Markets fell in early Wednesday trading in Asia as investors digested a steady drip of worrying news about the economic ramifications of the global coronavirus outbreak.
Major indexes in Japan, Hong Kong and South Korea were modestly lower midday, as financial markets settled into a slow grind of bad news. While the panic of recent weeks appeared to have subsided, numerous signs pointed to glum prospects for a quick recovery.
After Wall Street’s Tuesday close, President Trump said at a news conference that the United States would face “a very painful, very very painful two weeks.” U.S. government scientists projected that the outbreak could kill up to 240,000 Americans.
Futures markets predicted Europe and the United States would open lower later on Wednesday. Prices for long-term U.S. Treasury bonds, a traditional investment safe haven, rose, as did gold futures. Oil prices were mixed.
The mandatory lockdown in Wuhan, China — the city where the global coronavirus pandemic began — will be lifted starting on April 8, the government announced Tuesday. China barred people from leaving or entering Wuhan, the capital of Hubei province, starting January 23 and expanded the order to most of the province in the days that followed.
While Wuhan itself still has two weeks of lockdown to go, some local operations are beginning to get back to business. Two car factories in the city started their production lines again on Monday, according to South China Morning Post.
New York (CNN Business)Asian markets and US stock futures fell on Monday as a massive stimulus package to help Americans handle the coronavirus pandemic hit a major stumbling block.Dow () futures fell more than 900 points, hitting a 5% decline that triggered a maximum allowable limit, or “limit down.” That halted futures from falling further.S&P 500 () and Nasdaq ( ) futures also fell around 5%, and were last sitting at 4.8% and 4.4%, respectively.Senate Democrats blocked movement on an economic stimulus package, citing ‘serious issues’ with the bill. That injected fresh uncertainty over whether and when lawmakers will reach a bipartisan deal to deliver relief amid the pandemic.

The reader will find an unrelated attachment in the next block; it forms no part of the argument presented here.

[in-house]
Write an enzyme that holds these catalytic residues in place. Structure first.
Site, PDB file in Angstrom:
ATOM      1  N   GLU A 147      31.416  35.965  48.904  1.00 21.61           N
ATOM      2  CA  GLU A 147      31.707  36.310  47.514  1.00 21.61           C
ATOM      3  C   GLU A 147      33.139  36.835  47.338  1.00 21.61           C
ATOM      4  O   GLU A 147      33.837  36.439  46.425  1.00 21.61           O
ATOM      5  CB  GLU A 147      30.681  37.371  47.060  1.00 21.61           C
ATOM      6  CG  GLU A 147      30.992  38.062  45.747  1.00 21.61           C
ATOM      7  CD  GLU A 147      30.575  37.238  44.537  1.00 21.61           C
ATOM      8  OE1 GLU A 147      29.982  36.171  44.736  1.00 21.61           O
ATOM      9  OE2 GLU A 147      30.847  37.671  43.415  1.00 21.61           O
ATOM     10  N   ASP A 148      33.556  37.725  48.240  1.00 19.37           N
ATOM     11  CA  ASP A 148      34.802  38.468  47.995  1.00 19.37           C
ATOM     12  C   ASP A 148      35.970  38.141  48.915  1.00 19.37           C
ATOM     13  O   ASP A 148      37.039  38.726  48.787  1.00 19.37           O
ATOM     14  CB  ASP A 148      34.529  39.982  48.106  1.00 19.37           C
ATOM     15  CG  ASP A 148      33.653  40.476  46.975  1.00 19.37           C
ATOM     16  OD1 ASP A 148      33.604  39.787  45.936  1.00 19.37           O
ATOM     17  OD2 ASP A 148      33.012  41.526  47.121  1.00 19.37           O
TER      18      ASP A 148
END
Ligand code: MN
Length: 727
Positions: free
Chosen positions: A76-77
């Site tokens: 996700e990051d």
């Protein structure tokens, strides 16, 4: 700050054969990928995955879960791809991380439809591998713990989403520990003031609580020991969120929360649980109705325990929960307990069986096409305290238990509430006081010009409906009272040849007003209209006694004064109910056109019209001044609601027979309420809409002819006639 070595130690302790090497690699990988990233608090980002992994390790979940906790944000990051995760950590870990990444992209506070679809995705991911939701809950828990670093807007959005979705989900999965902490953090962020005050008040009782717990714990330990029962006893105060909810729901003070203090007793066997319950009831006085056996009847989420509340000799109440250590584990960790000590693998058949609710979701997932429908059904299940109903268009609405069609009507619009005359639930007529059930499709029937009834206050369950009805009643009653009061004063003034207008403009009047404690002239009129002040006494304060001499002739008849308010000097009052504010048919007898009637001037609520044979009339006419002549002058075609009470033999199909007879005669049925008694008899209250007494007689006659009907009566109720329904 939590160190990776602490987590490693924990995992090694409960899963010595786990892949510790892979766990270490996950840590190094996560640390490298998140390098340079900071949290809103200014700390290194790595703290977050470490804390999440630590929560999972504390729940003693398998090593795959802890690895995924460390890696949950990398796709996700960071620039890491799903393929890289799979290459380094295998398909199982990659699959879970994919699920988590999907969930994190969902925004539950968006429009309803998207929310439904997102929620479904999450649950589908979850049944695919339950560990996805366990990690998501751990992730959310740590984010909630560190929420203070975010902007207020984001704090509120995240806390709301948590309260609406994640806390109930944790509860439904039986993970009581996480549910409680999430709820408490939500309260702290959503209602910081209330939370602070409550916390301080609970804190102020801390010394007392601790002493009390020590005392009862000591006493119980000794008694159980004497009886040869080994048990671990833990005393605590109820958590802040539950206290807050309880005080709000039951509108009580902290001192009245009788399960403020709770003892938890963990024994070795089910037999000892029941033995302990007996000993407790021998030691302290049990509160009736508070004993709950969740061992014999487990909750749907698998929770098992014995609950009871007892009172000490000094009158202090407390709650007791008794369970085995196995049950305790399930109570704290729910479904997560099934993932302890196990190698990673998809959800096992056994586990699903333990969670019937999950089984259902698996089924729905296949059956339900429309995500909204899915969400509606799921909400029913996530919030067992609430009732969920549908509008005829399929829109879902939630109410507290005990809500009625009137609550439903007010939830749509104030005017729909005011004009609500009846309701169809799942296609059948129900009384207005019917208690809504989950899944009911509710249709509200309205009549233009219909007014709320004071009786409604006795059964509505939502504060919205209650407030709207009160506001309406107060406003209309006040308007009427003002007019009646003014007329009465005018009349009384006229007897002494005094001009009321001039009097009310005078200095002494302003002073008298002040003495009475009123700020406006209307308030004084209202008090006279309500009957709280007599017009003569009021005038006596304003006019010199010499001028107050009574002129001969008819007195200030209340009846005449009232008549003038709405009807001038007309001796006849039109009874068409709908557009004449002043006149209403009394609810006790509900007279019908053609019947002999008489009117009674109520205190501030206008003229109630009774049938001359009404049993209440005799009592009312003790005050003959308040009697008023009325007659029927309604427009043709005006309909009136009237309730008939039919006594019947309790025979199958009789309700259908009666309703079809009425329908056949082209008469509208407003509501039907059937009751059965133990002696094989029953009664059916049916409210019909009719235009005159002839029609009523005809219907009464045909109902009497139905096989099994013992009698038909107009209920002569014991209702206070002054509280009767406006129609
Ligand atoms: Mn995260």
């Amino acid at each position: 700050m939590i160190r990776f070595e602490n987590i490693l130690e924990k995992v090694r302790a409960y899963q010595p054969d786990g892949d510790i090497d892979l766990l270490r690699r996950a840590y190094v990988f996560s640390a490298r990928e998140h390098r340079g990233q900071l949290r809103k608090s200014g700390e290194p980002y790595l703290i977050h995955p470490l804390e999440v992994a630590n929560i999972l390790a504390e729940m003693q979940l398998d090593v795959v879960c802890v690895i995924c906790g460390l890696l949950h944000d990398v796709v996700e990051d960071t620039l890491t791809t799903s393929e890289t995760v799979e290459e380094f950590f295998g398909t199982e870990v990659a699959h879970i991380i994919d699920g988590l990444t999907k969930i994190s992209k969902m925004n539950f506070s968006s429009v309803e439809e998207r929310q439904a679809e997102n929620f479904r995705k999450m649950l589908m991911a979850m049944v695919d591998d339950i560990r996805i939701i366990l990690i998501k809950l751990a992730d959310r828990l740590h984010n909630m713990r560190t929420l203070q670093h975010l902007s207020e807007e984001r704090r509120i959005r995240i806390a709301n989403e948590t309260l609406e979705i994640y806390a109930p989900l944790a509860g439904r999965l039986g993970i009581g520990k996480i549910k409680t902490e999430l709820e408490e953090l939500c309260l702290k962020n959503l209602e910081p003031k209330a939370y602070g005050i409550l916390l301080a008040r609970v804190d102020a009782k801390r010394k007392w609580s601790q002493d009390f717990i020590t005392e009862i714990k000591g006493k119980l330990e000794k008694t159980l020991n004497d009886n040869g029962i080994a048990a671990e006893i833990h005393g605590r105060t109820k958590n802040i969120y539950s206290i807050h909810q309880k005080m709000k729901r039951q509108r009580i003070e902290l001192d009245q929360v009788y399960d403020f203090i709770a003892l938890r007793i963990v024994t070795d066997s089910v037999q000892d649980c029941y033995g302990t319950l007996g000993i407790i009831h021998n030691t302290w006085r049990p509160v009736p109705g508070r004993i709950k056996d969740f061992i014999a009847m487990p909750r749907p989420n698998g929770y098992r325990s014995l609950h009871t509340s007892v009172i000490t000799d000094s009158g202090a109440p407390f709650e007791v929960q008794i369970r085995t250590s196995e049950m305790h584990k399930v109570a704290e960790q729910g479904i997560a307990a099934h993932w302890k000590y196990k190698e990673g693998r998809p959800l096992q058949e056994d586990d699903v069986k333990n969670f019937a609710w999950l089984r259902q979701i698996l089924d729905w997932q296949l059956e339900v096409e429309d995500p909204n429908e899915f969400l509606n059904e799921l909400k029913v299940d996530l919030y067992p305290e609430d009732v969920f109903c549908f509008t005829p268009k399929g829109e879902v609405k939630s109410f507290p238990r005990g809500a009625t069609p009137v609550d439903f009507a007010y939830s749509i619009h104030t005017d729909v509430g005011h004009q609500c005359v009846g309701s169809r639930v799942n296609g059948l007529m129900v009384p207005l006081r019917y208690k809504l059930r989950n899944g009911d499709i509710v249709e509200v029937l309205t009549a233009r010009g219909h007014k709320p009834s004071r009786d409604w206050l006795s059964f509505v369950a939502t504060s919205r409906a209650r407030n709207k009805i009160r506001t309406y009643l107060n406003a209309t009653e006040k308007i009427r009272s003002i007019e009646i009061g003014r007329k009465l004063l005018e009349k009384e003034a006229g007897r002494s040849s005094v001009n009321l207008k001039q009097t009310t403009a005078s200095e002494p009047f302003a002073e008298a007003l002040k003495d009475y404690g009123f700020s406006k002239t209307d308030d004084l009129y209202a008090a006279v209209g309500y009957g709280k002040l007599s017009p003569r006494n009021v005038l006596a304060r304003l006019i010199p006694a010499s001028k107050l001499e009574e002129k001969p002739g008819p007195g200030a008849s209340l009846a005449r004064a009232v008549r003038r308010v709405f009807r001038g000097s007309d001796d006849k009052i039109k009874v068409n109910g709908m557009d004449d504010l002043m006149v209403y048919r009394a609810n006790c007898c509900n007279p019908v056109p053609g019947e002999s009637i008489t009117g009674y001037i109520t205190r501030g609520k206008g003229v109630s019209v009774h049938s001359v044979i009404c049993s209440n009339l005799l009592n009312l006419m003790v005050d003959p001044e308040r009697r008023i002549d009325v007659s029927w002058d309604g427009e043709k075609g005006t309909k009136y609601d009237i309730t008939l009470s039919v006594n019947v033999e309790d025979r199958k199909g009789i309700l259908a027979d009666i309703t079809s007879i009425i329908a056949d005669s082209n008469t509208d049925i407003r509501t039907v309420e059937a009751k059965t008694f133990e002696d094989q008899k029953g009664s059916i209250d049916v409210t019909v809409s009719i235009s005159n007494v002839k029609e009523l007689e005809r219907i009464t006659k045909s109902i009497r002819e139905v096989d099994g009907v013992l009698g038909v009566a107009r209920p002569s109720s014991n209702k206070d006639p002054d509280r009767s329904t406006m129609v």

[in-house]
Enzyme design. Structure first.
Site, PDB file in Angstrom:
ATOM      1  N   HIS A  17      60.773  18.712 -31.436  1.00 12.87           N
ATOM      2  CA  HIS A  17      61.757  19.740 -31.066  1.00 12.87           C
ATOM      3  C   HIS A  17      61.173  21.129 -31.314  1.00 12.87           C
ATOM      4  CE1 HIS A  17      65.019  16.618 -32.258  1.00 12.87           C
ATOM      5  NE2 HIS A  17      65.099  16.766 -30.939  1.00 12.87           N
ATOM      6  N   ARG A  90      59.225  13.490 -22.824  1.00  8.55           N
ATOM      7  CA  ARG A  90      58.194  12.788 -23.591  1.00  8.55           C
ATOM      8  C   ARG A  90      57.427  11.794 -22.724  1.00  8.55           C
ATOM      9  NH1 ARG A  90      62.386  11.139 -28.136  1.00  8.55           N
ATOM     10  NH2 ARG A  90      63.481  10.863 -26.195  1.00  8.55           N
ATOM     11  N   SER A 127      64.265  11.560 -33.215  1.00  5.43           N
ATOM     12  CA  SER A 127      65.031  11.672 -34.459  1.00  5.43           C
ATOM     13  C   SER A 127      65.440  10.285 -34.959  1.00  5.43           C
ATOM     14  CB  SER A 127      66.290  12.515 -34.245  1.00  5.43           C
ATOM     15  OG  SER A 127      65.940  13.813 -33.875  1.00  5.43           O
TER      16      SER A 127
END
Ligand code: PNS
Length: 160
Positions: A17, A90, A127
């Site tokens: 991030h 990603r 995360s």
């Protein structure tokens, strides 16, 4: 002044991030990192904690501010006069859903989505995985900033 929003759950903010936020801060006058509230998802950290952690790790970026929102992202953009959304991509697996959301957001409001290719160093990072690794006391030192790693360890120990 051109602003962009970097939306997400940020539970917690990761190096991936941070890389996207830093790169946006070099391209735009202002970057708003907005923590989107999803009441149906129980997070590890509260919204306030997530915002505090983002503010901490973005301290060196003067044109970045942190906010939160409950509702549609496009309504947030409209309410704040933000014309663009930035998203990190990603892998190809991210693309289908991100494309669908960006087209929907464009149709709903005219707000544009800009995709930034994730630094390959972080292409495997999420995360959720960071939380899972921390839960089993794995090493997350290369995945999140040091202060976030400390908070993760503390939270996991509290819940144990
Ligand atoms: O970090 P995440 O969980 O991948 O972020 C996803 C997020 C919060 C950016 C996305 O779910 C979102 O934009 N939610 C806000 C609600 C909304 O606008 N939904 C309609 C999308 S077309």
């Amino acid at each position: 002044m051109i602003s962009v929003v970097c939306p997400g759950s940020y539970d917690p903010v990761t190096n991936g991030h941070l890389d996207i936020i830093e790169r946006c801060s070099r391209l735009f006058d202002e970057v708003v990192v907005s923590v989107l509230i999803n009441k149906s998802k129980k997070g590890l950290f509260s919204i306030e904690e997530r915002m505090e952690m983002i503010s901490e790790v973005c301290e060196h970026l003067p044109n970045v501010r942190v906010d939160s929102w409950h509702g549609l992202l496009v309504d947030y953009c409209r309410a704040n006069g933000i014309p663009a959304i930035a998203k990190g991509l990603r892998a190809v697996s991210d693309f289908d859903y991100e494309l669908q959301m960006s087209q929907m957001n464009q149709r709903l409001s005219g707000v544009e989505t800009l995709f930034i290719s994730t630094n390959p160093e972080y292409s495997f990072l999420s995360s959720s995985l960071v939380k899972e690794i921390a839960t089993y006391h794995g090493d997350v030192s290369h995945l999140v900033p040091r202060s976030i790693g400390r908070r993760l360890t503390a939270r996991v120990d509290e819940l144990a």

We’re going to face some extremely consequential decisions about how we choose to treat the Chinese government after their catastrophic secrecy.
As a country, we’ve got our hands full right now. But while we’re sitting in various forms of self-quarantine, we — and a lot of other people around the world — will have a lot of time to read about the Chinese government destroying samples and suppressing information about the coronavirus in December:
Chinese laboratories identified a mystery virus as a highly infectious new pathogen by late December last year, but they were ordered to stop tests, destroy samples and suppress the news, a Chinese media outlet has revealed.
A regional health official in Wuhan, centre of the outbreak, demanded the destruction of the lab samples that established the cause of unexplained viral pneumonia on January 1. China did not acknowledge there was human-to-human transmission until more than three weeks later.
The detailed revelations by Caixin Global, a respected independent publication, provide the clearest evidence yet of the scale of the cover-up in the crucial early weeks when the opportunity was lost to control the outbreak.
And the Chinese government’s attempt to silence doctors warning others about the disease:
As word of a mysterious virus mounted, Li Wenliang shared suspicions in a private chat with his fellow medical school graduates.
The doctor said that seven people seemed to have contracted SARS — the respiratory illness that spread from China to more than two dozen countries and left hundreds dead in the early 2000s. One patient was quarantined at his hospital in Wuhan, China, Li said. He urged people to be careful.
Li and seven other doctors were quickly summoned by Chinese authorities for propagating “rumors” about SARS-like cases in the area — but their warnings were prescient. Soon, health officials worldwide would be scrambling to combat a novel virus with a striking genetic resemblance to SARS.
And the Chinese authorities spending January “denying it could spread between humans — something doctors had known was happening since late December — and went ahead with a Chinese Lunar New Year banquet involving tens of thousands of families in Wuhan.” Doctors say that in Wuhan, people who had no connection to that Hua’nan market were among the first showing the symptoms — suggesting that from the beginning, Chinese authorities should have understood that human-to-human transmission was already happening.
Even by the Chinese government’s own account of events, President Xi Jinping knew about the disease for two weeks before making any public comments about it.